Wednesday, July 29, 2020

Are Anglican provinces autonomous or not?

There is an Anglican province which I am not going to name because I do not want this blogpost to be misused in evidence against it, suffice to say that you can likely find it via Google and/or looking at the Church Times, Friday 24 July 2020.

In a country in which Christianity is not the major religion, an association of Protestant churches is claiming that this Anglican province is subject to the authority of the association. I am imagining that beyond the usual suspicions of ecclesiastical power plays, there might be a case for churches in a minority situation seeking to strengthen solidarity, but this is being played out in the courts of the country concerned.

Interestingly, in respect of drawing your attention to this situation, the Anglican church concerned is arguing the following in reply - according to the CT article of the aforementioned date:

"“The PCE want us to come under their umbrella,” [the Primate said] “They say they should be, according to the law, spiritually, financially, and administratively supervising us. Spiritually, that’s very difficult, because we cannot pull out of the Anglican Communion. The Archbishop of Canterbury is our spiritual leader.”"

Now, the Anglican Communion has spent the past couple of decades (or more), focused on this topic and That Topic, with many assertions that each province is, yes, in relational terms "interdependent" (we are a Communion) but in legal terms, strictly independent, with each province fully able to make decisions without reference either to other provinces or to the Church of England as a "mother church" of us all.

We also know that with special reference to That Topic, some Anglican provinces have made it publicly clear that they do not view the Archbishop of Canterbury as their spiritual leader.

For entirely understandable reasons, the province concerned in the court case (actually, one of a series of cases) is arguing for the Communion being a body of authority which means the province cannot come under another ecclesial authority and for the Archbishop of Canterbury being a leader of their provincial leadership.

But not all Anglican provinces would so argue.

It would appear that if we look to the nature of the formal body called the Anglican Communion for signs of a coherent ecclesiology, we look in vain!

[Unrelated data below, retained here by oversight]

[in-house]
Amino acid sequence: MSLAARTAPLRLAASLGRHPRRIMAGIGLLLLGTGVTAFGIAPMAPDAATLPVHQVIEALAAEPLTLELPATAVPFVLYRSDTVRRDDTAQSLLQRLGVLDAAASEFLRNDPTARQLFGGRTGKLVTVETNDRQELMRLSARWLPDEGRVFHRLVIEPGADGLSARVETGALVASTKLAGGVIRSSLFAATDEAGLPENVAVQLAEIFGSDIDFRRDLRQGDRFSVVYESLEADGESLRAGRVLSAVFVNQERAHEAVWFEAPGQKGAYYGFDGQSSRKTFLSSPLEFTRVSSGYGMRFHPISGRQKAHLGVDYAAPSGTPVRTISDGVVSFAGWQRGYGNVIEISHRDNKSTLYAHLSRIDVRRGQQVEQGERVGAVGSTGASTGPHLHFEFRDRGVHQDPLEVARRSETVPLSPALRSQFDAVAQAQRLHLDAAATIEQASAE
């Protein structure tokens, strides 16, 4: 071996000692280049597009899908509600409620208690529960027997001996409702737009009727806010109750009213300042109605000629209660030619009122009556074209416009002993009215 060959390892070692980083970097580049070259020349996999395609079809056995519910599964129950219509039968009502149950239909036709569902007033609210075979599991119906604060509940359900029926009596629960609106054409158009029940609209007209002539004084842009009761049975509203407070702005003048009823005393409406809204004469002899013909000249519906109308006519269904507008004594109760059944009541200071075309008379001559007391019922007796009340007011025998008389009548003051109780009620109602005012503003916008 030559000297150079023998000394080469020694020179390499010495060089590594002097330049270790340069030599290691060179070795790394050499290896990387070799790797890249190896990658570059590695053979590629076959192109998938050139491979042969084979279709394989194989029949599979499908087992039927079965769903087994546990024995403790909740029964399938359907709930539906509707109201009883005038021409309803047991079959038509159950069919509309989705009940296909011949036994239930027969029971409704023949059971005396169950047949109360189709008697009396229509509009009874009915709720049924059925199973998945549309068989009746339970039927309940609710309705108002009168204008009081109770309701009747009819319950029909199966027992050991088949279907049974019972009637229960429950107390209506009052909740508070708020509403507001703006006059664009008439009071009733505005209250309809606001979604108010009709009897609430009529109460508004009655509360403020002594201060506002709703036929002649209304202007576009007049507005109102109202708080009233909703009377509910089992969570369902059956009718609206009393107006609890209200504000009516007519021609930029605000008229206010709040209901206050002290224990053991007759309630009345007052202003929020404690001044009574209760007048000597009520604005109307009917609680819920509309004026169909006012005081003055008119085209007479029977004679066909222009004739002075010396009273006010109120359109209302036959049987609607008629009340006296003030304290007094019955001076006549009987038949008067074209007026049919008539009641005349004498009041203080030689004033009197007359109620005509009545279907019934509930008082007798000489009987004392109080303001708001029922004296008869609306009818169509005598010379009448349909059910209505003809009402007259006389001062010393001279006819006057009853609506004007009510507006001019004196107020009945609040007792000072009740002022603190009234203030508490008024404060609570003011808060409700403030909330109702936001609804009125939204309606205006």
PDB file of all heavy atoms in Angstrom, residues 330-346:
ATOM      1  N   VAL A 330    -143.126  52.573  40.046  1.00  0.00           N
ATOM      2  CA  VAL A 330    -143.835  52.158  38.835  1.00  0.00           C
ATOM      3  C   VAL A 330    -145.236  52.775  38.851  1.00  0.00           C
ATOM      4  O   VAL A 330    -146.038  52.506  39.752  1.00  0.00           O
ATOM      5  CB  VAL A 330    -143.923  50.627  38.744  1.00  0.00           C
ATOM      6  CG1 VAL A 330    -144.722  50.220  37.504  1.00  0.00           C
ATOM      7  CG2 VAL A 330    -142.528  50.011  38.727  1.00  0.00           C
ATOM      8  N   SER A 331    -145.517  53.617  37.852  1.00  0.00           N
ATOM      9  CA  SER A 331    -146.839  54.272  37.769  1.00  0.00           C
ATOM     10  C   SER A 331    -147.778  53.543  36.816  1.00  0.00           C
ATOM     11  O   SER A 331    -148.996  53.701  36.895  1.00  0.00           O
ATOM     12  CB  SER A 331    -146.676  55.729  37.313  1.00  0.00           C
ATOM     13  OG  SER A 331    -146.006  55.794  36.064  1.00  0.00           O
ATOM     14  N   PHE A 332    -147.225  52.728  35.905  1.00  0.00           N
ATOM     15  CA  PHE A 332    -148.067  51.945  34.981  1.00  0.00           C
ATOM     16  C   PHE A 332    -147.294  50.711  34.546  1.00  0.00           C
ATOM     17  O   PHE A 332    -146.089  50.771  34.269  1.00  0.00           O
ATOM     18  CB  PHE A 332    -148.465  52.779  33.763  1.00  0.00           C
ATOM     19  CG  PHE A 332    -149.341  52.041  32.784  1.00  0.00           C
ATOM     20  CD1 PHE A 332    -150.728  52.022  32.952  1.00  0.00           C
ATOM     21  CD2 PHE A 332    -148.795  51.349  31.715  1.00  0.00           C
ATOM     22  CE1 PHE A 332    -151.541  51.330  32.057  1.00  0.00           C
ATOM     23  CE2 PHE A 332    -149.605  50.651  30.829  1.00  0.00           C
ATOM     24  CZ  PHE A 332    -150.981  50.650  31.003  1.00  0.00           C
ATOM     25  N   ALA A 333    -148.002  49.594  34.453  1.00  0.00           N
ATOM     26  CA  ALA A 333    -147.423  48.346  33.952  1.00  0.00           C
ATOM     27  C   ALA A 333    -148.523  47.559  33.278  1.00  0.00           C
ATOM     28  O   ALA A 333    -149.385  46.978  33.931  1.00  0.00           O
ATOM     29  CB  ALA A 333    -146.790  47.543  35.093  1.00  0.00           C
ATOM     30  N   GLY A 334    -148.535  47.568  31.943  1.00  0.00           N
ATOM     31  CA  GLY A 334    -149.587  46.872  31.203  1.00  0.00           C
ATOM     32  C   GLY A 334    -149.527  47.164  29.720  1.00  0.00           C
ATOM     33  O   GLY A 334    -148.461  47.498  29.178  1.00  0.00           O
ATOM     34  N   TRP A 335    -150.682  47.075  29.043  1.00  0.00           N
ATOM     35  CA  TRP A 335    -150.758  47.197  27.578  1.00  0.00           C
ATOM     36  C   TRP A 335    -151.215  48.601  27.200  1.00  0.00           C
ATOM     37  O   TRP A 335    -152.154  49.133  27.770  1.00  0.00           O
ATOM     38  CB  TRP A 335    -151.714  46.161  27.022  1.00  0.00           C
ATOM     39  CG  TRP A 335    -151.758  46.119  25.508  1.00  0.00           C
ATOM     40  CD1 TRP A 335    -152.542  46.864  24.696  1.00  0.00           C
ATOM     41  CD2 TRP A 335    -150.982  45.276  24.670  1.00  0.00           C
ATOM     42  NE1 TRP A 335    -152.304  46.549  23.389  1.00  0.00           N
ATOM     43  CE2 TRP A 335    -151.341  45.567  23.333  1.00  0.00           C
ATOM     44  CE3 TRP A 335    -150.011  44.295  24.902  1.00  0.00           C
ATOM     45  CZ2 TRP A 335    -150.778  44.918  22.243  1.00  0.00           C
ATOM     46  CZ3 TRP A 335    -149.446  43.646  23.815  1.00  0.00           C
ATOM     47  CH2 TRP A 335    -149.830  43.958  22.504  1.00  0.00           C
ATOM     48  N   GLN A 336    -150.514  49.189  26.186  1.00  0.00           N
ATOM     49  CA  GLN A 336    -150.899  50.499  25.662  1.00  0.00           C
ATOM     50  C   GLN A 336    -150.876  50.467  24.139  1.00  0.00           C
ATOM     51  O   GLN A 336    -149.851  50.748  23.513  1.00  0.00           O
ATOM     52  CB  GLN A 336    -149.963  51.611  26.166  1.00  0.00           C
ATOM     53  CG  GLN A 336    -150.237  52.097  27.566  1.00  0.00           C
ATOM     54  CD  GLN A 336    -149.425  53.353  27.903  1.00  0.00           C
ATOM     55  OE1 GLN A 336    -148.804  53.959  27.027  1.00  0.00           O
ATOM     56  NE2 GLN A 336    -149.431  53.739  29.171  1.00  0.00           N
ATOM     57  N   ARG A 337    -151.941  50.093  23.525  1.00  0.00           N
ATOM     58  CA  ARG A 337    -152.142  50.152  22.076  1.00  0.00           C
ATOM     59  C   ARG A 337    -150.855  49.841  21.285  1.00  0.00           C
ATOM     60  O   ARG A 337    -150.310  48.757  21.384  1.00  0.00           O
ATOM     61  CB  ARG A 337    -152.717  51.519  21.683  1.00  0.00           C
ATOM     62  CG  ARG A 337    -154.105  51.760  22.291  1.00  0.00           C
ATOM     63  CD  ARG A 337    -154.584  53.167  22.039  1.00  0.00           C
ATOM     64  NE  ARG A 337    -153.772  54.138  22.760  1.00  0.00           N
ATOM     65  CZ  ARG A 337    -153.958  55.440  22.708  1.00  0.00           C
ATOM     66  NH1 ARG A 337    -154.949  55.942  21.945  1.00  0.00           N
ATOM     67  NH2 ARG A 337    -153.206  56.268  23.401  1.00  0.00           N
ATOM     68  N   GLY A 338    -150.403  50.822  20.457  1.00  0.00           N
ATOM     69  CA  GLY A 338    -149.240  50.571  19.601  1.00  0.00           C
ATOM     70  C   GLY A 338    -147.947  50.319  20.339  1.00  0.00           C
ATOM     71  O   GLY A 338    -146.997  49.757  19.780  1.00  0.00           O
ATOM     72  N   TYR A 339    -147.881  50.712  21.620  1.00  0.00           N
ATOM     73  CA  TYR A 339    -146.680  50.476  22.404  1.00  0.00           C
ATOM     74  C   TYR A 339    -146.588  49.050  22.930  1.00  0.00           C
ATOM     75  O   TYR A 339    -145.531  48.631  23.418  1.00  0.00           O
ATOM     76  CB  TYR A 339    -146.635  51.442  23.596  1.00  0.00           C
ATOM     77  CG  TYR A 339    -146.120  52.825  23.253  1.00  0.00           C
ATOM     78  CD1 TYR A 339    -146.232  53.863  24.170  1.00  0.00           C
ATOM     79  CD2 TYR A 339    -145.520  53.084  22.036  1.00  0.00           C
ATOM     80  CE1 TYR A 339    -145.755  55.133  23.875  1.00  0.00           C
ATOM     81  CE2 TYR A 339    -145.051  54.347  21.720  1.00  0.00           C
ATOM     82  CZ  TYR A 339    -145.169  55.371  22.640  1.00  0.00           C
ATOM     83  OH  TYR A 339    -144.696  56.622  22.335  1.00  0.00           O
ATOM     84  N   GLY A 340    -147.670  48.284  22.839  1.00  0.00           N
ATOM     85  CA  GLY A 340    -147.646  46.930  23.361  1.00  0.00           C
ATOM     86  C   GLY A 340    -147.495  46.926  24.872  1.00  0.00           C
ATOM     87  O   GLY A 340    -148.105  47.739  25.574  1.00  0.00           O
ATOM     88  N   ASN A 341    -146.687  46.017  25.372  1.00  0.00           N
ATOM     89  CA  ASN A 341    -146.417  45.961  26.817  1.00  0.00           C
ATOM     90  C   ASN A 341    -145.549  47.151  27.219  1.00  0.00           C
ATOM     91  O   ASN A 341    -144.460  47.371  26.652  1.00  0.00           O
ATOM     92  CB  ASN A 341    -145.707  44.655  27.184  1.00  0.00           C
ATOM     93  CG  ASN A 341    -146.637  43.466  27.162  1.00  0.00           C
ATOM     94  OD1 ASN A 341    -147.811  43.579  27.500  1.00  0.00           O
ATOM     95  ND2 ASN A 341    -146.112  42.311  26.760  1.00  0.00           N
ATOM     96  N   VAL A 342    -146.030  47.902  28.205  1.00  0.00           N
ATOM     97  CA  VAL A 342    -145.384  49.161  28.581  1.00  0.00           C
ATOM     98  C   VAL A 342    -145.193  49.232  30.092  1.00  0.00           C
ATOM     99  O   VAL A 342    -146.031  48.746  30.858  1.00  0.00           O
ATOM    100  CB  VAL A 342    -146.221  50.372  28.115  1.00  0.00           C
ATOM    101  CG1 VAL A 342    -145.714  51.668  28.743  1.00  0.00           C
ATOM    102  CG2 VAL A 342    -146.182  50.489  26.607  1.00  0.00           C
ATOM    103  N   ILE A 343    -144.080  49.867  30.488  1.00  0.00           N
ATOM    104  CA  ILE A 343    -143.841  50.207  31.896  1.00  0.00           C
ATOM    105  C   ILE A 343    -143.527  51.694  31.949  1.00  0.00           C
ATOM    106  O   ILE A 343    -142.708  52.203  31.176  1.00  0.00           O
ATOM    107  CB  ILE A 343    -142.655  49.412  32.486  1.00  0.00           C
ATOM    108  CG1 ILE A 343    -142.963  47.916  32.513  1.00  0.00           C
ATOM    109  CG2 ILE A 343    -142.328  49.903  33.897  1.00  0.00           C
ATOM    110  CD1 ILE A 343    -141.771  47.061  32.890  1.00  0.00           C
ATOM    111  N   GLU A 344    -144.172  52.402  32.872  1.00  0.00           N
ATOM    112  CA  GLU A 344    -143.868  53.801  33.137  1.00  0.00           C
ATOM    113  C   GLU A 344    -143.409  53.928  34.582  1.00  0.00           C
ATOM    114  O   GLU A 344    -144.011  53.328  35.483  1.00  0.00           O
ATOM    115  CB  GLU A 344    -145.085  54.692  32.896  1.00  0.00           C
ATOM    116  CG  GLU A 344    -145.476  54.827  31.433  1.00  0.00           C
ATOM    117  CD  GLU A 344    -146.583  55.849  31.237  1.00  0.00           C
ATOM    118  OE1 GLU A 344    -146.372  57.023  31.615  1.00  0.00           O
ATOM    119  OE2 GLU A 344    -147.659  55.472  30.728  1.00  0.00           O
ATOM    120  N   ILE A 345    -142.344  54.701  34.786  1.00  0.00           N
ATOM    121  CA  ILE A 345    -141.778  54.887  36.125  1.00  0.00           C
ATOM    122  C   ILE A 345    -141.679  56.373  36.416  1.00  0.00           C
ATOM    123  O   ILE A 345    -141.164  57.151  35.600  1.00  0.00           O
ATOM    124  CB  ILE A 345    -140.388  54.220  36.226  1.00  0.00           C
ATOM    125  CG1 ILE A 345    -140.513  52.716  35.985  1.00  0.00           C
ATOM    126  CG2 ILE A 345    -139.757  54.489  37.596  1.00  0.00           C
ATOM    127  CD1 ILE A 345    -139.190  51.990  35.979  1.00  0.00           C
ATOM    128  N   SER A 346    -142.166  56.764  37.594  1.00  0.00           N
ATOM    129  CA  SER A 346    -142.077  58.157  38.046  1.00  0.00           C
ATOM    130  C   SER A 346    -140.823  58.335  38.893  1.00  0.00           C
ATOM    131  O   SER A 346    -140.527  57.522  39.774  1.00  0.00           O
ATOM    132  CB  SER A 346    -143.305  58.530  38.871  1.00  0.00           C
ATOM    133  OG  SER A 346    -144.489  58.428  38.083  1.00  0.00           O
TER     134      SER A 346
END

Anonymous said...

This is the modernist conundrum.

When the Protestant churches of Parador demanded that the Anglicans there join them, the primate warmly welcomed their submission to his jurisdiction and care. Pointing to the Lambeth Quadrilateral, he said, "we have been waiting for you for a century and a half!" This was not what they had in mind.

So far as reunion with other Protestants is concerned, Anglican ecclesiology could not be more clear. The Church of South India is living proof that it works.

The difficulty is explaining to younger churches with more or less arbitrary polities how it is that a Protestant church insists as much on bishops as on the creeds and canon. To be clear, the difficulty is not at all theological-- see JENSON, Robert W; ODEN, Thomas C; ABRAHAM, William J, etc for non-Anglican successes-- but personal.

To make a Protestant case for bishops, you have to be a Protestant, or at least willing to think like one. But-- I say this with all lovingkindness-- few Anglicans with responsibility know the breadth of the pre-Reformation traditions well enough to do what Jewel, Hooker, or Andrewes could do in the reforming generations. If you learn your churchmanship from today's happy warriors, you can never learn the whole of it.

Those who are individualistically low church would like to think that they are Protestants. But they do not understand the Anglican view of the episcopate because, upstream of that, they cannot understand the apostles' view of the Body. Or, they are lost in the third schism because in the first one they have wandered past Nestorius into a wasteland. Liberal or conservative on That Topic, they mumble the third article of the creeds.